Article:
With the pop stars being either old or imitating a time when nostalgia was in, the ceremony was a postmodern pastiche.

Duleep Allirajah Friday 19 February 2010 comments

Haves and have-nots remain leagues apart

To make English football more competitive requires a massive redistribution of wealth, not a fourth place play-off.

Daniel Ben-Ami Friday 19 February 2010 comments

Let’s make this an age of abundance, not austerity

Prosperity’s critics are demonising material desires and calling for governments to elevate happiness over growth. It’s time to fight back.

Rob Killick Monday 22 February 2010 comments

The spurious ‘battle of the economists’

A verbal war fought out in the letters pages of the British press has revealed the vacuity of economic debate today.

Tim Black Monday 22 February 2010 comments

The PCC is no match for the witch-hunters

The PCC’s ruling on Jan Moir didn’t cause much fuss because the job of censuring her had already been done.

Emily Hill Monday 22 February 2010 comments

In defence of ballsy WAGs

Money has always been a prime reason for marriage, so why are working-class women who wed wealthy footballers seen as vulgar?

Brendan O’Neill Monday 22 February 2010 comments

What are these wimps doing in Downing Street?

The real problem is not Brown’s behaviour but the therapy culture’s cultivation of self-styled victims who experience everything as ‘bullying’.

Patrick Marmion Tuesday 23 February 2010 comments

An alternative green and pleasant land

Jez Butterworth’s play Jerusalem celebrates a raucous, rebellious England over contemporary conformity.

Rob Lyons Tuesday 23 February 2010 comments

Is this Food, Inc. or Monsters, Inc?

An Oscar-nominated documentary about America’s food industry is simply ‘outrage porn’ for organic eaters.

Frank Furedi Tuesday 23 February 2010 comments

Turning peer review into modern-day holy scripture

The treatment of peer-reviewed science as an unquestionable form of authority is corrupting the peer-review system and damaging public debate.

Nathalie Rothschild Wednesday 24 February 2010 comments

What’s so progressive about sex education?

The idea that the sex-ed curriculum is pure and neutral, in contrast to faith schools’ alleged bigotry, is nonsense.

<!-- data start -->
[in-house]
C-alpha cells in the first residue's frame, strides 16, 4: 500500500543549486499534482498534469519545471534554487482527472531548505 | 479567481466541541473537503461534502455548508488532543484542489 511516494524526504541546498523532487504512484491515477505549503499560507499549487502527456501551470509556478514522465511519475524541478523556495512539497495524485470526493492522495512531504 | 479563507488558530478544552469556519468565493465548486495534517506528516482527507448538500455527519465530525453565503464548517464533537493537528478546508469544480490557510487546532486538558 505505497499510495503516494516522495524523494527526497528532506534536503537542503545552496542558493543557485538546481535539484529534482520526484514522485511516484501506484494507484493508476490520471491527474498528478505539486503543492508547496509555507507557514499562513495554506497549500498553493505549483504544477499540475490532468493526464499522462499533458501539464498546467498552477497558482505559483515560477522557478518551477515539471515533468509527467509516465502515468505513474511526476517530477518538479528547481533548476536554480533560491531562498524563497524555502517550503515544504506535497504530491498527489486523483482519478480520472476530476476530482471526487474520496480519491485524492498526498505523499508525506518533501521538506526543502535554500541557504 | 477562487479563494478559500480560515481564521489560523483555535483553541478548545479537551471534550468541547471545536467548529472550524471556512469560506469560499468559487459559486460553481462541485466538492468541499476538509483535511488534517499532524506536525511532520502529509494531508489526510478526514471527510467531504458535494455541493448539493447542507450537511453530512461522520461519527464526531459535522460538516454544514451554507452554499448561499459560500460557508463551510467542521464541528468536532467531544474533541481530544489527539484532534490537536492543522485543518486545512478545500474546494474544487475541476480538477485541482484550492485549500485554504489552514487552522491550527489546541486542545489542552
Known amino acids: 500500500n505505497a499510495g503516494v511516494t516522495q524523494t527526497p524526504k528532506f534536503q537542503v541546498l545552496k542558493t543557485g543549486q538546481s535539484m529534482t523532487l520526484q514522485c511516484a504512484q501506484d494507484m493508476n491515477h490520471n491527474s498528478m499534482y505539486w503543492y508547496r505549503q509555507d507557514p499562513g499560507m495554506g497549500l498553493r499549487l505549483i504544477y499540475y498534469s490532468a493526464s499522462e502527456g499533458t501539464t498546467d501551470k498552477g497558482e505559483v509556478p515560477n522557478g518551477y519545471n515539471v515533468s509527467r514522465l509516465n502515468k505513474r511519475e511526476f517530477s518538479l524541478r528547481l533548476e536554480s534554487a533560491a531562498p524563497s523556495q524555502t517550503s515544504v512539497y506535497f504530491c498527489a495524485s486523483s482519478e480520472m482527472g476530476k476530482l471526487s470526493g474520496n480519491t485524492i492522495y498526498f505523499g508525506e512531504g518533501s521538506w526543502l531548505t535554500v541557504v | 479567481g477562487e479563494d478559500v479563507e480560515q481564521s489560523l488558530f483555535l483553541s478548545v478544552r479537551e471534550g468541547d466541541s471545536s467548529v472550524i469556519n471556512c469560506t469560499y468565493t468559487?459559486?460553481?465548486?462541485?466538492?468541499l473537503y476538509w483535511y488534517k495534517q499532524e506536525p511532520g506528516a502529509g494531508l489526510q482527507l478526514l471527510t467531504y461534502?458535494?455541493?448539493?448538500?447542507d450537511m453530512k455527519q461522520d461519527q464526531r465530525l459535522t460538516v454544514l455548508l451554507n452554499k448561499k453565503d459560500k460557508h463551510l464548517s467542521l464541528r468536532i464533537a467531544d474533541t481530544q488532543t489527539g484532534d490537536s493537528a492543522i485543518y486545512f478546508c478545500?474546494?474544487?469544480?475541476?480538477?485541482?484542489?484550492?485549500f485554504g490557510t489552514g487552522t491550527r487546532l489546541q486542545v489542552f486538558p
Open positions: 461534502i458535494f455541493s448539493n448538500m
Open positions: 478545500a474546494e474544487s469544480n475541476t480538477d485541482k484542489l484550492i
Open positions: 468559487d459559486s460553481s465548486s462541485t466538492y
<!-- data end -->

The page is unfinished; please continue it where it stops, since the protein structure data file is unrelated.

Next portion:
Patrick Hayes Wednesday 24 February 2010 comments

Government ads: made to make your eyes water

‘Advertising is based on one thing: happiness’, says Don Draper. Not for the British government, it isn’t.

Mick Hume Wednesday 24 February 2010 comments

Yes, the Tories might well be worse than New Labour, but…

...mostly because it appears they could be even more full of New Labourite nonsense.

Patrick West Thursday 25 February 2010 comments

Why we still love the ‘man in black’

A radio series on Johnny Cash explains why this singer of dark’n’moody country songs still lives in our affections.

Duleep Allirajah Thursday 25 February 2010 comments

Why I’ve fallen for the Winter Olympics

It’s a bunch of sports that Brits don’t understand, yet our sports columnist finds himself glued to events in Vancouver.

Tim Black Thursday 25 February 2010 comments

Have Italian judges ‘broken the internet’?

Yes, the Italian decision on Google was mad, but many of the British politicians slating it also have a dire track record on freedom of speech.

Neil Davenport Friday 26 February 2010 comments

When indie music was truly independent

Death to Trad Rock, John Robb’s splendid recollection of the noisenik experimentalism of the Eighties and early-Nineties indie music scene, is not just nostalgia for fortysomethings – it’s a timely reminder of less sanitised, conformist times.

Helene Guldberg Friday 26 February 2010 comments

Racialising the playground

A brave new book challenges the introduction of anti-racist policies in British schools, arguing that they blow everyday spats out of proportion and split kids along ethnic lines.

Rob Lyons Friday 26 February 2010 comments

A curious blend of doom and optimism

Veteran green Stewart Brand’s new book proves a surprisingly useful source of arguments and facts against green dogmas. But critics of environmentalism should still be wary of him.

Daniel Ben-Ami Friday 26 February 2010 comments

It’s better to be a dissatisfied human than a satisfied pig

It sounds like an unquestionably good idea, yet officialdom’s promotion of happiness and wellbeing is driven by disdain for economic growth and a penchant for conformism.

Sean Collins Friday 26 February 2010 comments

A deserter from the battle of ideas

In his new book, heavyweight economist Joseph Stiglitz imagines he is making a profound contribution to the debate about the recession. In truth he offers only shallow and rehashed arguments.

Emily Hill Friday 26 February 2010 comments

The pub bore of British letters

Martin Amis’s complaint that he is treated badly by the British press is bizarre. Even his painfully bad new novel The Pregnant Widow – full of tits, Islam and pseudo-poetry – has been slavishly well-received.

Philip Hammond Friday 26 February 2010 comments

Why Darfur is everyone’s favourite African war

Rob Crilly’s new book is a fine work of reportage, challenging the myths and misunderstandings that surround Darfur and exposing how celebrity campaigners intensified the conflict.

Frank Furedi Friday 26 February 2010 comments

A depletionist view of history and humanity

David Willetts is one of today’s very few intellectual parliamentarians, which makes the fact that he has now written a neo-Malthusian, generation-bashing book all the more depressing.